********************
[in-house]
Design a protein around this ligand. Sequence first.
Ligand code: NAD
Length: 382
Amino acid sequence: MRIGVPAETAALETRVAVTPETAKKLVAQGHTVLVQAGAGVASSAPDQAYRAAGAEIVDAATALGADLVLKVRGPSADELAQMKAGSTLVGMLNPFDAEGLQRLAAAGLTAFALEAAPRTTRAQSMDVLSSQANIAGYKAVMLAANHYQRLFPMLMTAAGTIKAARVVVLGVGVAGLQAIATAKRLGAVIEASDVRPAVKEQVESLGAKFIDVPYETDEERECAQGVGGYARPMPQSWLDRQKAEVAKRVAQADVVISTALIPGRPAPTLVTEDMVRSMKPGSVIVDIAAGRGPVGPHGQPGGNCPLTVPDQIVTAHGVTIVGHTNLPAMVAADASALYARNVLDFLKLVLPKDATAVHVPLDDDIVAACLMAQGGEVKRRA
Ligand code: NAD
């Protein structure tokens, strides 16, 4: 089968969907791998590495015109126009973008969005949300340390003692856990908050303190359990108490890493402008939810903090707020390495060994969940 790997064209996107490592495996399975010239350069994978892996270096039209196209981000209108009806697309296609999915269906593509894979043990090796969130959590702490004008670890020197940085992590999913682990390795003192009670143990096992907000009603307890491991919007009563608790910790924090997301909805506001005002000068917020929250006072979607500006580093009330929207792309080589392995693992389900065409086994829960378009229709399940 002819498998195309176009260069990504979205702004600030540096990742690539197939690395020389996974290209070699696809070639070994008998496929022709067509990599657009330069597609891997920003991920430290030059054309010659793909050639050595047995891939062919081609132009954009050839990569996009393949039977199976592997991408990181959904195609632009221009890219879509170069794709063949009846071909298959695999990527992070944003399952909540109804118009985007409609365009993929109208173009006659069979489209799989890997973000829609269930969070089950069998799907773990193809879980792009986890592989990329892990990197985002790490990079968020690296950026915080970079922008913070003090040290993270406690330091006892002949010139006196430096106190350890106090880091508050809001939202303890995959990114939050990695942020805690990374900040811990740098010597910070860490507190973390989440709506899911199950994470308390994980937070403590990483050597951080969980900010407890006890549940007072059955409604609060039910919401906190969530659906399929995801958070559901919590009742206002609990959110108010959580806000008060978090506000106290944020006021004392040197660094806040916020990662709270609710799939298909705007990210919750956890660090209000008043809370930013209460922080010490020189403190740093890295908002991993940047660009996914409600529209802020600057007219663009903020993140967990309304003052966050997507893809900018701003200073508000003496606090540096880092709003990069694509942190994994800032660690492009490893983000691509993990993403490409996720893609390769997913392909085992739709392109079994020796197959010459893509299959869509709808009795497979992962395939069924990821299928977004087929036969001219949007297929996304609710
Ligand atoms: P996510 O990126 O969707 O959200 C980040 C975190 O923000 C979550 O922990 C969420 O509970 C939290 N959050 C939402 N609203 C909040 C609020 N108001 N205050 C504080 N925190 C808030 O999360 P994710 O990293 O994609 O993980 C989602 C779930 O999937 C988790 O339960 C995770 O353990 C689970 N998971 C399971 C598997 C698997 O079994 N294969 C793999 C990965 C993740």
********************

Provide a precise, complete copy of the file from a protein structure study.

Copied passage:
[in-house]
Design a protein around this ligand. Sequence first.
Ligand code: NAD
Length: 382
Amino acid sequence: MRIGVPAETAALETRVAVTPETAKKLVAQGHTVLVQAGAGVASSAPDQAYRAAGAEIVDAATALGADLVLKVRGPSADELAQMKAGSTLVGMLNPFDAEGLQRLAAAGLTAFALEAAPRTTRAQSMDVLSSQANIAGYKAVMLAANHYQRLFPMLMTAAGTIKAARVVVLGVGVAGLQAIATAKRLGAVIEASDVRPAVKEQVESLGAKFIDVPYETDEERECAQGVGGYARPMPQSWLDRQKAEVAKRVAQADVVISTALIPGRPAPTLVTEDMVRSMKPGSVIVDIAAGRGPVGPHGQPGGNCPLTVPDQIVTAHGVTIVGHTNLPAMVAADASALYARNVLDFLKLVLPKDATAVHVPLDDDIVAACLMAQGGEVKRRA
Ligand code: NAD
């Protein structure tokens, strides 16, 4: 089968969907791998590495015109126009973008969005949300340390003692856990908050303190359990108490890493402008939810903090707020390495060994969940 790997064209996107490592495996399975010239350069994978892996270096039209196209981000209108009806697309296609999915269906593509894979043990090796969130959590702490004008670890020197940085992590999913682990390795003192009670143990096992907000009603307890491991919007009563608790910790924090997301909805506001005002000068917020929250006072979607500006580093009330929207792309080589392995693992389900065409086994829960378009229709399940 002819498998195309176009260069990504979205702004600030540096990742690539197939690395020389996974290209070699696809070639070994008998496929022709067509990599657009330069597609891997920003991920430290030059054309010659793909050639050595047995891939062919081609132009954009050839990569996009393949039977199976592997991408990181959904195609632009221009890219879509170069794709063949009846071909298959695999990527992070944003399952909540109804118009985007409609365009993929109208173009006659069979489209799989890997973000829609269930969070089950069998799907773990193809879980792009986890592989990329892990990197985002790490990079968020690296950026915080970079922008913070003090040290993270406690330091006892002949010139006196430096106190350890106090880091508050809001939202303890995959990114939050990695942020805690990374900040811990740098010597910070860490507190973390989440709506899911199950994470308390994980937070403590990483050597951080969980900010407890006890549940007072059955409604609060039910919401906190969530659906399929995801958070559901919590009742206002609990959110108010959580806000008060978090506000106290944020006021004392040197660094806040916020990662709270609710799939298909705007990210919750956890660090209000008043809370930013209460922080010490020189403190740093890295908002991993940047660009996914409600529209802020600057007219663009903020993140967990309304003052966050997507893809900018701003200073508000003496606090540096880092709003990069694509942190994994800032660690492009490893983000691509993990993403490409996720893609390769997913392909085992739709392109079994020796197959010459893509299959869509709808009795497979992962395939069924990821299928977004087929036969001219949007297929996304609710
Ligand atoms: P996510 O990126 O969707 O959200 C980040 C975190 O923000 C979550 O922990 C969420 O509970 C939290 N959050 C939402 N609203 C909040 C609020 N108001 N205050 C504080 N925190 C808030 O999360 P994710 O990293 O994609 O993980 C989602 C779930 O999937 C988790 O339960 C995770 O353990 C689970 N998971 C399971 C598997 C698997 O079994 N294969 C793999 C990965 C993740």